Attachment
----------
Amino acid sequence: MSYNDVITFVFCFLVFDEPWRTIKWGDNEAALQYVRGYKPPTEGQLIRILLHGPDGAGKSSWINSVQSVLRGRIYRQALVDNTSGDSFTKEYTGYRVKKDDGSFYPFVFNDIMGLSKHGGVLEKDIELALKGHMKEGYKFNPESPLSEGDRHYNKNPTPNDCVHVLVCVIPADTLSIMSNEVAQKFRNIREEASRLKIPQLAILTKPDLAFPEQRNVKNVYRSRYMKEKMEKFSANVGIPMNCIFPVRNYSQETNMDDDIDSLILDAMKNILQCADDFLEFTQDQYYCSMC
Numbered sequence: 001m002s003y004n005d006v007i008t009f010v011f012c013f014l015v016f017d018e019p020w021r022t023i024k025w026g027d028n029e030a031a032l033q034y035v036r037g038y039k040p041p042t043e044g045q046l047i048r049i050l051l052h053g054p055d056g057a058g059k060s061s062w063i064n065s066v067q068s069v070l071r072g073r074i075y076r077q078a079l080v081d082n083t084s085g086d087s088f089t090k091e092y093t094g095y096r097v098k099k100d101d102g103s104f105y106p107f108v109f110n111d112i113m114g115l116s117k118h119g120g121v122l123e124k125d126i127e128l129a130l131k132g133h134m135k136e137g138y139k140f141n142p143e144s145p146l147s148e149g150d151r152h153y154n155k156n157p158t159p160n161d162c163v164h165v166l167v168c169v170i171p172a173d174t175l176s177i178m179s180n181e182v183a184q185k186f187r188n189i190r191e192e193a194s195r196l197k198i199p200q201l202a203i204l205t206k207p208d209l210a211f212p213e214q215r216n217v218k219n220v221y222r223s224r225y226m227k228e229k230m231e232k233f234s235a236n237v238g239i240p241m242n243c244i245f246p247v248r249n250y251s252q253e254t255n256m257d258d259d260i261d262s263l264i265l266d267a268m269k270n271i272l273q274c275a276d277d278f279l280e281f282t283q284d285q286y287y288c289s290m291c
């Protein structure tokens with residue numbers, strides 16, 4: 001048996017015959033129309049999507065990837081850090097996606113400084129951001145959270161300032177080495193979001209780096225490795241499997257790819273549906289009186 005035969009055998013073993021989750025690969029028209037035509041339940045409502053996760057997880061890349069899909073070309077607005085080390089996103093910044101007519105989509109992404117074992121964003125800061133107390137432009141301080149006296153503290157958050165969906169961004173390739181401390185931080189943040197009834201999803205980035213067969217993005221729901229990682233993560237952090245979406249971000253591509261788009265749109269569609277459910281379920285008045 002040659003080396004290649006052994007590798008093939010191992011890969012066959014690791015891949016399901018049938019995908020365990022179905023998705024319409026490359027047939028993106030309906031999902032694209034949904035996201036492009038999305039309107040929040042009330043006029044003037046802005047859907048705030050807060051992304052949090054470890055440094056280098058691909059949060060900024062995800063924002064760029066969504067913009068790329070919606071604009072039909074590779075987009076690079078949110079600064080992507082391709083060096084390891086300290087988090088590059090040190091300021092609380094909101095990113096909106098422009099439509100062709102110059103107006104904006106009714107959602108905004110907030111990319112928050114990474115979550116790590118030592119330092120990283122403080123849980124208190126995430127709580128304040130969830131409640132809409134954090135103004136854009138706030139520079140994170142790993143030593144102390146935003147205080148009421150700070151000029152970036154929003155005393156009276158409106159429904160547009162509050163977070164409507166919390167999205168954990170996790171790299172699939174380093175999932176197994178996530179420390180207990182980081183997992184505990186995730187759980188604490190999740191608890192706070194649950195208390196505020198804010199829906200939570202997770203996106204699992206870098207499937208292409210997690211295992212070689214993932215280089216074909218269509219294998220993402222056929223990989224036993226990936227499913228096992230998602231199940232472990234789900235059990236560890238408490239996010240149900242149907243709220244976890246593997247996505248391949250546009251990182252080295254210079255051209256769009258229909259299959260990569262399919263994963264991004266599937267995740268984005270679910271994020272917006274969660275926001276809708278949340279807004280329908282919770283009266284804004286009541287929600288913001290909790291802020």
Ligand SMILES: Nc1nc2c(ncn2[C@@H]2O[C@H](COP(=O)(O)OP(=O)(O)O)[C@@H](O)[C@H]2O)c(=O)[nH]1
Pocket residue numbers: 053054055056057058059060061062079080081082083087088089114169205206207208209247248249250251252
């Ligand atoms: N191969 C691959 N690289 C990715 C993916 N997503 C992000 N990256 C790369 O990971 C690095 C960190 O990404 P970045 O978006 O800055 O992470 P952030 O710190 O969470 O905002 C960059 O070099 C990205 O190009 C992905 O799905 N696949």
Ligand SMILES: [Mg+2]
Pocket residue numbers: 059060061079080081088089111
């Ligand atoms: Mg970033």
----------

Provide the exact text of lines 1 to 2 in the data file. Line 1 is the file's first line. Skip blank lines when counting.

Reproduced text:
Amino acid sequence: MSYNDVITFVFCFLVFDEPWRTIKWGDNEAALQYVRGYKPPTEGQLIRILLHGPDGAGKSSWINSVQSVLRGRIYRQALVDNTSGDSFTKEYTGYRVKKDDGSFYPFVFNDIMGLSKHGGVLEKDIELALKGHMKEGYKFNPESPLSEGDRHYNKNPTPNDCVHVLVCVIPADTLSIMSNEVAQKFRNIREEASRLKIPQLAILTKPDLAFPEQRNVKNVYRSRYMKEKMEKFSANVGIPMNCIFPVRNYSQETNMDDDIDSLILDAMKNILQCADDFLEFTQDQYYCSMC
Numbered sequence: 001m002s003y004n005d006v007i008t009f010v011f012c013f014l015v016f017d018e019p020w021r022t023i024k025w026g027d028n029e030a031a032l033q034y035v036r037g038y039k040p041p042t043e044g045q046l047i048r049i050l051l052h053g054p055d056g057a058g059k060s061s062w063i064n065s066v067q068s069v070l071r072g073r074i075y076r077q078a079l080v081d082n083t084s085g086d087s088f089t090k091e092y093t094g095y096r097v098k099k100d101d102g103s104f105y106p107f108v109f110n111d112i113m114g115l116s117k118h119g120g121v122l123e124k125d126i127e128l129a130l131k132g133h134m135k136e137g138y139k140f141n142p143e144s145p146l147s148e149g150d151r152h153y154n155k156n157p158t159p160n161d162c163v164h165v166l167v168c169v170i171p172a173d174t175l176s177i178m179s180n181e182v183a184q185k186f187r188n189i190r191e192e193a194s195r196l197k198i199p200q201l202a203i204l205t206k207p208d209l210a211f212p213e214q215r216n217v218k219n220v221y222r223s224r225y226m227k228e229k230m231e232k233f234s235a236n237v238g239i240p241m242n243c244i245f246p247v248r249n250y251s252q253e254t255n256m257d258d259d260i261d262s263l264i265l266d267a268m269k270n271i272l273q274c275a276d277d278f279l280e281f282t283q284d285q286y287y288c289s290m291c